Today we had a conversation with LBQT people who shared their stories about Body Dysmorphia.
One of the people shared, “When my boobs came out I wasn’t happy at all, I used to put a certain insect on my boobs just to calm the pain that came with the growth of a pair.”
Nze munnange I used to look at myself in the mirror every day after I got boobs, I though what is this? I was pissed and just didn’t understand why I have to have breasts. Yeah I love looking at boobs on other women, I love touching them but I don’t love them on me. Says Tracy a Human Rights Defender.
“As a transgender man I feel like it is important for us to be able to have services where we can get rid of certain parts of our bodies that we don’t associate with. Having to bind is really hurtful and affects my health, at times it is very hard to breathe because even the binders we wear are not up to par. We Hope to have children in the future, and how do we go about it while transitioning and having to let go of certain body parts? When on hormonal therapy the genitalia grow to become more manly so when we are peeing we use a cone in the men’s bathroom, we don’t want to go to the women’s so we don’t scare them because of our appearance. Usually we get fake peeing cones and that affects our health. We need original ones for our dignity and health.” Says Simbwa Dante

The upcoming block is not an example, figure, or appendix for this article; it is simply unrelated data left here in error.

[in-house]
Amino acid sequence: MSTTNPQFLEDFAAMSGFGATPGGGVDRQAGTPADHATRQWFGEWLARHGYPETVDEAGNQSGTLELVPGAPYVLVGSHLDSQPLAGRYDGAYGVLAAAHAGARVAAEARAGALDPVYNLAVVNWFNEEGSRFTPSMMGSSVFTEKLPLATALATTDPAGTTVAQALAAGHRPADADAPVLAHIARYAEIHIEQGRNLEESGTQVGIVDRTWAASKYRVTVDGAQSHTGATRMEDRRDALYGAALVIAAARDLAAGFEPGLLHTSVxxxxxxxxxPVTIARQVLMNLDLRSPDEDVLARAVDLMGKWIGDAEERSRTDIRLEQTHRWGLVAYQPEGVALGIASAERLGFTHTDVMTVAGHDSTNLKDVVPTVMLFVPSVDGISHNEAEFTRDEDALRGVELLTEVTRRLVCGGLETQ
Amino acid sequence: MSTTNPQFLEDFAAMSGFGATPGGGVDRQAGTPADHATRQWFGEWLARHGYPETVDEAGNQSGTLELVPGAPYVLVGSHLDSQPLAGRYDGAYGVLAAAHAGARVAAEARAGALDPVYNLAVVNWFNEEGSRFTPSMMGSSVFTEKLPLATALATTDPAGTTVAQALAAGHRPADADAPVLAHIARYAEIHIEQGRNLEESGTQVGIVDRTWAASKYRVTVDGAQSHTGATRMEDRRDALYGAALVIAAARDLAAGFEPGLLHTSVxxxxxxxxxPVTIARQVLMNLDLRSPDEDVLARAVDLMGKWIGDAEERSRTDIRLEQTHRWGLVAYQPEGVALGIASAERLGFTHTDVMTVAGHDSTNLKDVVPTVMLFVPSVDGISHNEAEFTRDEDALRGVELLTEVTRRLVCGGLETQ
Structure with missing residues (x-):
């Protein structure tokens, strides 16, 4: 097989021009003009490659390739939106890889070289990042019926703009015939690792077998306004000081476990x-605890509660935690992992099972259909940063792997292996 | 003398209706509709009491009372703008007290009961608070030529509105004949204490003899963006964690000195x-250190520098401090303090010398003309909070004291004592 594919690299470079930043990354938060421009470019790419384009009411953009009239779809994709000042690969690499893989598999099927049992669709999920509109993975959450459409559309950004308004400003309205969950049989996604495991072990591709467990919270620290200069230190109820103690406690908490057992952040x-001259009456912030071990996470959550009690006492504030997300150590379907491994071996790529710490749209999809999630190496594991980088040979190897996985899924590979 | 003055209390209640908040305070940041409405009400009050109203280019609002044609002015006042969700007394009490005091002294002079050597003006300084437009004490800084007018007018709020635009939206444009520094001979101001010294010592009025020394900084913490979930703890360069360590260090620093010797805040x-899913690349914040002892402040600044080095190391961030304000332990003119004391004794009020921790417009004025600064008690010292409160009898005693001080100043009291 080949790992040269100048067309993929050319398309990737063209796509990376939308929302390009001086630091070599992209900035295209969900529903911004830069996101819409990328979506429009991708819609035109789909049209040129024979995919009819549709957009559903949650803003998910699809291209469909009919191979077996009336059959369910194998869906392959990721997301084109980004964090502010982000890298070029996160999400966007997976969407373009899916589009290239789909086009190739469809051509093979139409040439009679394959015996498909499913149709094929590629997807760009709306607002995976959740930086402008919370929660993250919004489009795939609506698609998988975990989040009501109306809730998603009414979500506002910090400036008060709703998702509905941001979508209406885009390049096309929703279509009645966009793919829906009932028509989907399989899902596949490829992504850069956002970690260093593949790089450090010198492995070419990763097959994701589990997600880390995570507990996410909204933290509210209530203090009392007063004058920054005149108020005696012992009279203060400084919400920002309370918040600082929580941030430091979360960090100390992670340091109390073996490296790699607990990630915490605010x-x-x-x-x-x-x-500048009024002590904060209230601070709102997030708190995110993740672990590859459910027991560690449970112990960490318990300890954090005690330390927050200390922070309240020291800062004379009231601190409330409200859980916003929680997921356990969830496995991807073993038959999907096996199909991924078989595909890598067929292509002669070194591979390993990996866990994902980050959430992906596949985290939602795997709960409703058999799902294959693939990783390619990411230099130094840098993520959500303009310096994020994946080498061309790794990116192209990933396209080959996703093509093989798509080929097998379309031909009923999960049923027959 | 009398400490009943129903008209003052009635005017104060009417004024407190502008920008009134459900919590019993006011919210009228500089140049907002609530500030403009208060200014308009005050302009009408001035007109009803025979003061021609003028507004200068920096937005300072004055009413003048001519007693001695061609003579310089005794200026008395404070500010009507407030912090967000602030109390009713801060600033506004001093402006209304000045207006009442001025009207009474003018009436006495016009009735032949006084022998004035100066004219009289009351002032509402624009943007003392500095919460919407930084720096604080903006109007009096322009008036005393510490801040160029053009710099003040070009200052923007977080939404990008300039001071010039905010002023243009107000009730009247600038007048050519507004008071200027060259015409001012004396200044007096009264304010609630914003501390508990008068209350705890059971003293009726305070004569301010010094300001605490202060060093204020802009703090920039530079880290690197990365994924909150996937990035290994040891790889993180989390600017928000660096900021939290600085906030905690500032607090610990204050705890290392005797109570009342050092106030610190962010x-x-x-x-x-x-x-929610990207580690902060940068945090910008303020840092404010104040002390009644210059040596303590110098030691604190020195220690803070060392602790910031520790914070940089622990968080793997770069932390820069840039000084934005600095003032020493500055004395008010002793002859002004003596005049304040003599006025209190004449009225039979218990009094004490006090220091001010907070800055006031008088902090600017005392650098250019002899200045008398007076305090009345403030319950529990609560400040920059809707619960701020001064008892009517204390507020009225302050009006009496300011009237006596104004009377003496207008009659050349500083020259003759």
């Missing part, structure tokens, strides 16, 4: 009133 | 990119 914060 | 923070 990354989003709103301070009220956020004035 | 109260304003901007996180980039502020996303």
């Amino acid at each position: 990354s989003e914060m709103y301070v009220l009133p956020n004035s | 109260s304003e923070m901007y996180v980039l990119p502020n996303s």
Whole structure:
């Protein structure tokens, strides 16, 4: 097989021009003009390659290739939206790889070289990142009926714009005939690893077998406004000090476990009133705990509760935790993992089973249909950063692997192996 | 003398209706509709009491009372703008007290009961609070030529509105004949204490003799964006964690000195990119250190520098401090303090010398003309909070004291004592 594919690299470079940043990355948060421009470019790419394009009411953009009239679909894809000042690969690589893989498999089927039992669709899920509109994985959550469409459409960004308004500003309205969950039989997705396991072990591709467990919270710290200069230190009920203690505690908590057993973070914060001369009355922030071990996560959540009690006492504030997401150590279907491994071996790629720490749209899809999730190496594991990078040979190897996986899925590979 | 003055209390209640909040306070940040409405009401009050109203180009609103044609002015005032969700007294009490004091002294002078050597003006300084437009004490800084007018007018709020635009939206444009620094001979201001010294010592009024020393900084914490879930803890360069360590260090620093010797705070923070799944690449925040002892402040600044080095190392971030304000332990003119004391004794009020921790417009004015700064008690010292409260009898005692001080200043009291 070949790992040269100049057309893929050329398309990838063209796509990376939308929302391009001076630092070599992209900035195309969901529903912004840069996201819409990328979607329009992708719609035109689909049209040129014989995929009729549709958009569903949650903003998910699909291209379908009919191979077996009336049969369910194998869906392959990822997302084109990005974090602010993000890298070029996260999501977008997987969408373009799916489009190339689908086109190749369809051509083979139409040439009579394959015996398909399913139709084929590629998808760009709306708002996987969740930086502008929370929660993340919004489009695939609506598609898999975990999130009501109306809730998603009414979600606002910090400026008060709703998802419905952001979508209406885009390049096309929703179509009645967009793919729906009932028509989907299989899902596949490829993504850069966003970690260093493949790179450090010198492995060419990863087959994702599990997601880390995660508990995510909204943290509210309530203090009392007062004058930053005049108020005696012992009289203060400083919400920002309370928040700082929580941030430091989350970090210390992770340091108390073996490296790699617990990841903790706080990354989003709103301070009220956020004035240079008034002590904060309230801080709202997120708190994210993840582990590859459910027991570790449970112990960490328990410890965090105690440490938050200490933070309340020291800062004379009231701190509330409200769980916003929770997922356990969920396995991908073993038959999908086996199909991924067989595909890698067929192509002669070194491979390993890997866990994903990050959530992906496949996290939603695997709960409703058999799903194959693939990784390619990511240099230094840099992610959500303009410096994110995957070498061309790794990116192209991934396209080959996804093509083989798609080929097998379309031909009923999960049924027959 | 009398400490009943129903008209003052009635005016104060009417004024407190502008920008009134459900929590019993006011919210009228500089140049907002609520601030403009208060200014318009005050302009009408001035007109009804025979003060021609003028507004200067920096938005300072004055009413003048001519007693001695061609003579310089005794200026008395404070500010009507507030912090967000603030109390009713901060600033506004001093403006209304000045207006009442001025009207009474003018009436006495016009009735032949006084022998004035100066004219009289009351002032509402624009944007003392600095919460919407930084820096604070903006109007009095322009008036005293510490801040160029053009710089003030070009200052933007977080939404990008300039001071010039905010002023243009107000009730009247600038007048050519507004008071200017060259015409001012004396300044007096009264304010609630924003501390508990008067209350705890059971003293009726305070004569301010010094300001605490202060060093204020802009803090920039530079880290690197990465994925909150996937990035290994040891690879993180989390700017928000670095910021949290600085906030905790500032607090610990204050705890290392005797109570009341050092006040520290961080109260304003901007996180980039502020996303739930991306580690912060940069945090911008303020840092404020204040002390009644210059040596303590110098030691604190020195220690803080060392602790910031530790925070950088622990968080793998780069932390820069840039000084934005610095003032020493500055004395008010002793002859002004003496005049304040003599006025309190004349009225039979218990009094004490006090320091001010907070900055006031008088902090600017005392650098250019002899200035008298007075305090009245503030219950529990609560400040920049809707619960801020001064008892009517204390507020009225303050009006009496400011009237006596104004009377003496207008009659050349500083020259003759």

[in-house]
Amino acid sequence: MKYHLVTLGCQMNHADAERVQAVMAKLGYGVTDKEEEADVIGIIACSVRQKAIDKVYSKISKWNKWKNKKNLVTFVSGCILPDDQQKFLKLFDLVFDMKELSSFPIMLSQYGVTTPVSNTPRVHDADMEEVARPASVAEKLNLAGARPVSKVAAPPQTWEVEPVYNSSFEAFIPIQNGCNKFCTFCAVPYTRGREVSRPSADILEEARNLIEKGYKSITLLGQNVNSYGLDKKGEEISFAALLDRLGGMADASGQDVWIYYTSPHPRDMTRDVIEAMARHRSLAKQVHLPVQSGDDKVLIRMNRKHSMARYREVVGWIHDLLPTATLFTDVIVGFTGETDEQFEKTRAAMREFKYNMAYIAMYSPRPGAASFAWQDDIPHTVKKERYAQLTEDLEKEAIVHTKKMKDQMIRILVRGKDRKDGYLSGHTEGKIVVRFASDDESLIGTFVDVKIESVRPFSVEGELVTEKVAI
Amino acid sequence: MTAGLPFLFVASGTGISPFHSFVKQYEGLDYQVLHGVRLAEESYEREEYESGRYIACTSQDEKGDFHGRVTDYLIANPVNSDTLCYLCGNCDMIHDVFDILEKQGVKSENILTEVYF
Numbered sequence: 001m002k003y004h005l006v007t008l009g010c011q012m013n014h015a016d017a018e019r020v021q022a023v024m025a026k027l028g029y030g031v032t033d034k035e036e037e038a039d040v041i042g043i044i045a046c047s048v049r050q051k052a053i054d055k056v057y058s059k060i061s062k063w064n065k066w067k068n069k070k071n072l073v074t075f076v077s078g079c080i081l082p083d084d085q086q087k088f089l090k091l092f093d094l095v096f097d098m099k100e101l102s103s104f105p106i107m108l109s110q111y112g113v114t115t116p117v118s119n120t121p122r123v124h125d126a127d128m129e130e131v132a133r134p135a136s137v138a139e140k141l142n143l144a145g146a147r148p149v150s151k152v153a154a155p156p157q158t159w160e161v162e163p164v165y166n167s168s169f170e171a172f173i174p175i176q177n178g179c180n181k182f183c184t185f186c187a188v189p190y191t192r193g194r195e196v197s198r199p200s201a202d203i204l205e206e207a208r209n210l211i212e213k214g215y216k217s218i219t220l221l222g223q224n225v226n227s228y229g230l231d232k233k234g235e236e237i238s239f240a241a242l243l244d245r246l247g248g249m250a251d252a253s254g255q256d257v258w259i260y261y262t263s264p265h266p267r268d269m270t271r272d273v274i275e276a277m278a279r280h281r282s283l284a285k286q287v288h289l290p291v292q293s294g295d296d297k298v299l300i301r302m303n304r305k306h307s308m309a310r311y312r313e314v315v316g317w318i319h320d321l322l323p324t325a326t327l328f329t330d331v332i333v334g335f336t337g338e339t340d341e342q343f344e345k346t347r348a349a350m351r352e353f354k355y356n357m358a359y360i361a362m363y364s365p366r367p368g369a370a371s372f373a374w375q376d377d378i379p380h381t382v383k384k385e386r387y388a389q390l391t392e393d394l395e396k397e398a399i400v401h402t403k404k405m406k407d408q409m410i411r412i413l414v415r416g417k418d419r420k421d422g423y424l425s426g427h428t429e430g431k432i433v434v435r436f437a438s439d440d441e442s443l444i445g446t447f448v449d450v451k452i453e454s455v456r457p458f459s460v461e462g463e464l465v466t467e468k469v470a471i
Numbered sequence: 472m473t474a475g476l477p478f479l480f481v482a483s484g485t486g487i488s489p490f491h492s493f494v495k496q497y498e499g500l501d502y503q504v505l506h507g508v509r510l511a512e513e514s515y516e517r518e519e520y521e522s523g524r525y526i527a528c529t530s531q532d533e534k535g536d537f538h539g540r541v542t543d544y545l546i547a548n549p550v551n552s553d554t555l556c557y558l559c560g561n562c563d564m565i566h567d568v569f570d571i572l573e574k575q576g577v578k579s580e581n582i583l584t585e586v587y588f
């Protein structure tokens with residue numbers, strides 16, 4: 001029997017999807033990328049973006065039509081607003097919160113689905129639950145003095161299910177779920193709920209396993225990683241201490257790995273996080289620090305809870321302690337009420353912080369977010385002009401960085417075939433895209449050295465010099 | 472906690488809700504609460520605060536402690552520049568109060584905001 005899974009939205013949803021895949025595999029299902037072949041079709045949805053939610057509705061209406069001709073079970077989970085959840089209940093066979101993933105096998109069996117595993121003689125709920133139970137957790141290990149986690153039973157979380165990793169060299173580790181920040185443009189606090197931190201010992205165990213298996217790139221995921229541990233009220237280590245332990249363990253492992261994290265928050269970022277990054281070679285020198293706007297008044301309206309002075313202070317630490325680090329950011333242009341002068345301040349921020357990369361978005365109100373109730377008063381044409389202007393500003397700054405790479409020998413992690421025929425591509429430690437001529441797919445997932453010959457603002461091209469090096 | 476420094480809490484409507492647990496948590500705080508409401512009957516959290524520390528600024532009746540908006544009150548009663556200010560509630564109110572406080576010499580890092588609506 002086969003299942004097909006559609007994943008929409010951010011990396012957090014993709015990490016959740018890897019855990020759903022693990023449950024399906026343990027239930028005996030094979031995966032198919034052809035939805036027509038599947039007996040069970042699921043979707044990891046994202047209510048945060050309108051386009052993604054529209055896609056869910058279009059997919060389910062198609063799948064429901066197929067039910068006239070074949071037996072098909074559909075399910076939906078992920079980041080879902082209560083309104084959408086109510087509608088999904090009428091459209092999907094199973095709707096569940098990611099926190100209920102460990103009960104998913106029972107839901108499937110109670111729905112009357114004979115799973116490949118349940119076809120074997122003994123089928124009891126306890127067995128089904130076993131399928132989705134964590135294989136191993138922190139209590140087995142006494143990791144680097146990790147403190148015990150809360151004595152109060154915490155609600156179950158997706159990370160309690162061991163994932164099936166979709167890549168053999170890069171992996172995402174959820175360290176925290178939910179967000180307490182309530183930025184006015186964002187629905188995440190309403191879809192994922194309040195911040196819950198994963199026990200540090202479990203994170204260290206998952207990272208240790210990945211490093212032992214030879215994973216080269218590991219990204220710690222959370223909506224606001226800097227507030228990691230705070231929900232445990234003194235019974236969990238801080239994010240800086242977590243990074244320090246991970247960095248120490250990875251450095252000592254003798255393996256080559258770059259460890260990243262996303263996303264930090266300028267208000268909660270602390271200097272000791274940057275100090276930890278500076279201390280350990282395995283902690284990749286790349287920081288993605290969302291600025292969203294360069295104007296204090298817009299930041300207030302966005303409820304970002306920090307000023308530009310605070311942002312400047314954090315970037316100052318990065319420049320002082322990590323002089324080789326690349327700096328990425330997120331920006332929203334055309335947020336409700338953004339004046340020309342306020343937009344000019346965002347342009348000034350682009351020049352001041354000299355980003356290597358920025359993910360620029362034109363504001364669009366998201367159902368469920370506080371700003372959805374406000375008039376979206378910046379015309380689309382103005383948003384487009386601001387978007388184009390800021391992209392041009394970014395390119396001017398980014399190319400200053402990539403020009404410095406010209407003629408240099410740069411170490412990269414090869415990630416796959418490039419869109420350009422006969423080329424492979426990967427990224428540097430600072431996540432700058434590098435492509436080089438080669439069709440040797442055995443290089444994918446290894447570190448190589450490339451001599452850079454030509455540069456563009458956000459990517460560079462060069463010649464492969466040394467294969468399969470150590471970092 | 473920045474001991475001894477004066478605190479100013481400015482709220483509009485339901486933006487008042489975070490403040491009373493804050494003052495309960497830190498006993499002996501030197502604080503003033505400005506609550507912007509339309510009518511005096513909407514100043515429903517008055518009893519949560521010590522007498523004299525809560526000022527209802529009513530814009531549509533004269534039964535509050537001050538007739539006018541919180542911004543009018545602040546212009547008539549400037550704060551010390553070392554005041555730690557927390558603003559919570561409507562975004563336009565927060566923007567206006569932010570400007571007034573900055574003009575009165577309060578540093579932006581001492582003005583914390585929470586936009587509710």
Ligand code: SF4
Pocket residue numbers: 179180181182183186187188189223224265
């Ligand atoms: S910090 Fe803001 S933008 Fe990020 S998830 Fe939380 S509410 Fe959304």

“I have never liked my boobs, ever since they grew when I was in P3 I immediately became disoriented, my own mother was embarrassed about it and made sure I wore a tiny body hugging sweater to hide my breasts. This was also to protect me from men sexually abusing me. I was ashamed to have boobs and I still am, I have never been comfortable with them. The fact that my grandmother was diagnosed with cancer scares me even more. Hopefully one day I can get rid of them.” Phyl a Journalist.
Body dysmorphic disorder is a mental health condition in which you can’t stop thinking about one or more perceived defects or flaws in your appearance a flaw that appears minor or can’t be seen by others. But you may feel so embarrassed, ashamed and anxious that you may avoid many social situations. This however does not mean that LBQT people have mental health illness because of their sexuality.